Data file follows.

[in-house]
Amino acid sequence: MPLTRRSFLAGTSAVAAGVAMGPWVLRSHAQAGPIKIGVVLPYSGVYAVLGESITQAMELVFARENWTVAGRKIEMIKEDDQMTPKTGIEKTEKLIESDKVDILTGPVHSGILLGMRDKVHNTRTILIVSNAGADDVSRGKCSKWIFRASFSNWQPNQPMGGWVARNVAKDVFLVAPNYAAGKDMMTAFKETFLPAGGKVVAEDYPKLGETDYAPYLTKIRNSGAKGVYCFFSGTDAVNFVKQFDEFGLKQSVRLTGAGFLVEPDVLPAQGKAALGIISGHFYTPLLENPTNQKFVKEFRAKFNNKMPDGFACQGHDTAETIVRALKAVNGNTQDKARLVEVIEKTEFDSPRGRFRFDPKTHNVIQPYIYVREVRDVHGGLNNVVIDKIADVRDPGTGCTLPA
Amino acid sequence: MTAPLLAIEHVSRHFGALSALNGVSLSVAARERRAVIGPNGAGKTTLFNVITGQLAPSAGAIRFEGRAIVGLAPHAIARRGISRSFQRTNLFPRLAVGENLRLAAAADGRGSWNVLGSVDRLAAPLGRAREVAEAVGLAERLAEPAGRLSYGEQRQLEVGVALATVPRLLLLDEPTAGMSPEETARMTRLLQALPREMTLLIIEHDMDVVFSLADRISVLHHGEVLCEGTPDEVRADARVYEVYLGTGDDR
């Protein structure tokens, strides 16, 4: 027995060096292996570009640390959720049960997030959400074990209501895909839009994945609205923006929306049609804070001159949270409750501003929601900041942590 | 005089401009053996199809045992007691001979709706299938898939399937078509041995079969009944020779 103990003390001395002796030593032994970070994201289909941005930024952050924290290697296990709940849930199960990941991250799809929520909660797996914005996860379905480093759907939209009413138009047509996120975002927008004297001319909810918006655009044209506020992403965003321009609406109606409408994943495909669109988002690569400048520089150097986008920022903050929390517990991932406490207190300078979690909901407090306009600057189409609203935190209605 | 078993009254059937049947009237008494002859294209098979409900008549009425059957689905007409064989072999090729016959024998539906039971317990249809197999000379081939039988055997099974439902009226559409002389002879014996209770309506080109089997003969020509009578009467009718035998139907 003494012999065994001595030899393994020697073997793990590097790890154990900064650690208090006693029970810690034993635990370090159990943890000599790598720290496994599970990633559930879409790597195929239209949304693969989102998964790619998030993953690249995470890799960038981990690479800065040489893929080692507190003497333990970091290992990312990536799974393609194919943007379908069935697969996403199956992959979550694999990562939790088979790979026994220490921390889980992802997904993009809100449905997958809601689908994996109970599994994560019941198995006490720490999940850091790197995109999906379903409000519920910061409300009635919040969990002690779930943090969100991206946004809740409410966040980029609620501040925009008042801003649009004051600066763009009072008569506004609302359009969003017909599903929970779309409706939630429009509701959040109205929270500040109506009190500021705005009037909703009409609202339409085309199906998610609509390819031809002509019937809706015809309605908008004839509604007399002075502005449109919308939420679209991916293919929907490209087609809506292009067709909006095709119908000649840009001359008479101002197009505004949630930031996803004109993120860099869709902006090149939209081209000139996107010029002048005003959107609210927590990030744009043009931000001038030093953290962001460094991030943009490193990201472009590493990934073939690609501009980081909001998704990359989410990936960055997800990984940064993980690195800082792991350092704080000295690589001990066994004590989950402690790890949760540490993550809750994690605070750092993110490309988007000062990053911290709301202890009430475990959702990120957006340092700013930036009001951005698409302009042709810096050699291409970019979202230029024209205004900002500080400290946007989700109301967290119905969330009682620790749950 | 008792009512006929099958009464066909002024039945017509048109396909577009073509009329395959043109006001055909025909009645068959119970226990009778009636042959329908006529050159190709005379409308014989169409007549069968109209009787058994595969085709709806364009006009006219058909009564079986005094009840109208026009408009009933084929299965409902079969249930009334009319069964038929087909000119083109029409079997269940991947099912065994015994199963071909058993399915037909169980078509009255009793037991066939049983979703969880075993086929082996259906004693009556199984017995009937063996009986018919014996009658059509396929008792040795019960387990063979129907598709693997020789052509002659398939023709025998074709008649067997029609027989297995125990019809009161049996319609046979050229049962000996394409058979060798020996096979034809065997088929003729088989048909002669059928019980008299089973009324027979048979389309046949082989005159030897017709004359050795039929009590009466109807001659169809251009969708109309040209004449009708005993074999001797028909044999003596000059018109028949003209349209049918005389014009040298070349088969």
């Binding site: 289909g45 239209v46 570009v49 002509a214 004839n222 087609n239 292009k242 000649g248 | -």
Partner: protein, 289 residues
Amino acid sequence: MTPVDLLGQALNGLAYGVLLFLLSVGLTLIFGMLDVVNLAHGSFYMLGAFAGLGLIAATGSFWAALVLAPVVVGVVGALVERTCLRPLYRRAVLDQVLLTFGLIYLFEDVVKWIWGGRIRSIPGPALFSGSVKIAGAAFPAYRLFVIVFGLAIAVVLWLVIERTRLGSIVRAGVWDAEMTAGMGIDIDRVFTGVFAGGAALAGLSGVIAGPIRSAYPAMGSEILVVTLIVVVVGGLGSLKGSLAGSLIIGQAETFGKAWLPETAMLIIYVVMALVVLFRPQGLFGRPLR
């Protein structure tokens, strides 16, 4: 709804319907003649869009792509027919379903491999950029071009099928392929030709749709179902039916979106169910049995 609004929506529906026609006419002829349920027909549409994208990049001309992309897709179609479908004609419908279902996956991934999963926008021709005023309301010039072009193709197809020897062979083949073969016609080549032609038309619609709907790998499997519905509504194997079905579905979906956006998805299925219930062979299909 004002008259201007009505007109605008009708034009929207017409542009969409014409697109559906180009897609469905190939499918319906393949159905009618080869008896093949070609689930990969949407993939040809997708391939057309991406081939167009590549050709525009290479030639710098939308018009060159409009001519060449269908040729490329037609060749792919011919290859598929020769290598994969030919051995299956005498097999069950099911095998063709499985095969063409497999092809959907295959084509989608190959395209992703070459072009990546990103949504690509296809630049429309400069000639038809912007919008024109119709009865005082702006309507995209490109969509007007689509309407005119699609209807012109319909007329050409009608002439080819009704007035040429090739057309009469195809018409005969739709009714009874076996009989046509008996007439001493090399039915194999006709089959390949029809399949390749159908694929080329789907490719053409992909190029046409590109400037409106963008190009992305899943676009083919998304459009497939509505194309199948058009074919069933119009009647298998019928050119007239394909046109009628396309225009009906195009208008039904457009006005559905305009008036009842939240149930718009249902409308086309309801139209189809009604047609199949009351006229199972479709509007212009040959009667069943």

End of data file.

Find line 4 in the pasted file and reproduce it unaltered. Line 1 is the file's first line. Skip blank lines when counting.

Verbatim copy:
């Protein structure tokens, strides 16, 4: 027995060096292996570009640390959720049960997030959400074990209501895909839009994945609205923006929306049609804070001159949270409750501003929601900041942590 | 005089401009053996199809045992007691001979709706299938898939399937078509041995079969009944020779 103990003390001395002796030593032994970070994201289909941005930024952050924290290697296990709940849930199960990941991250799809929520909660797996914005996860379905480093759907939209009413138009047509996120975002927008004297001319909810918006655009044209506020992403965003321009609406109606409408994943495909669109988002690569400048520089150097986008920022903050929390517990991932406490207190300078979690909901407090306009600057189409609203935190209605 | 078993009254059937049947009237008494002859294209098979409900008549009425059957689905007409064989072999090729016959024998539906039971317990249809197999000379081939039988055997099974439902009226559409002389002879014996209770309506080109089997003969020509009578009467009718035998139907 003494012999065994001595030899393994020697073997793990590097790890154990900064650690208090006693029970810690034993635990370090159990943890000599790598720290496994599970990633559930879409790597195929239209949304693969989102998964790619998030993953690249995470890799960038981990690479800065040489893929080692507190003497333990970091290992990312990536799974393609194919943007379908069935697969996403199956992959979550694999990562939790088979790979026994220490921390889980992802997904993009809100449905997958809601689908994996109970599994994560019941198995006490720490999940850091790197995109999906379903409000519920910061409300009635919040969990002690779930943090969100991206946004809740409410966040980029609620501040925009008042801003649009004051600066763009009072008569506004609302359009969003017909599903929970779309409706939630429009509701959040109205929270500040109506009190500021705005009037909703009409609202339409085309199906998610609509390819031809002509019937809706015809309605908008004839509604007399002075502005449109919308939420679209991916293919929907490209087609809506292009067709909006095709119908000649840009001359008479101002197009505004949630930031996803004109993120860099869709902006090149939209081209000139996107010029002048005003959107609210927590990030744009043009931000001038030093953290962001460094991030943009490193990201472009590493990934073939690609501009980081909001998704990359989410990936960055997800990984940064993980690195800082792991350092704080000295690589001990066994004590989950402690790890949760540490993550809750994690605070750092993110490309988007000062990053911290709301202890009430475990959702990120957006340092700013930036009001951005698409302009042709810096050699291409970019979202230029024209205004900002500080400290946007989700109301967290119905969330009682620790749950 | 008792009512006929099958009464066909002024039945017509048109396909577009073509009329395959043109006001055909025909009645068959119970226990009778009636042959329908006529050159190709005379409308014989169409007549069968109209009787058994595969085709709806364009006009006219058909009564079986005094009840109208026009408009009933084929299965409902079969249930009334009319069964038929087909000119083109029409079997269940991947099912065994015994199963071909058993399915037909169980078509009255009793037991066939049983979703969880075993086929082996259906004693009556199984017995009937063996009986018919014996009658059509396929008792040795019960387990063979129907598709693997020789052509002659398939023709025998074709008649067997029609027989297995125990019809009161049996319609046979050229049962000996394409058979060798020996096979034809065997088929003729088989048909002669059928019980008299089973009324027979048979389309046949082989005159030897017709004359050795039929009590009466109807001659169809251009969708109309040209004449009708005993074999001797028909044999003596000059018109028949003209349209049918005389014009040298070349088969």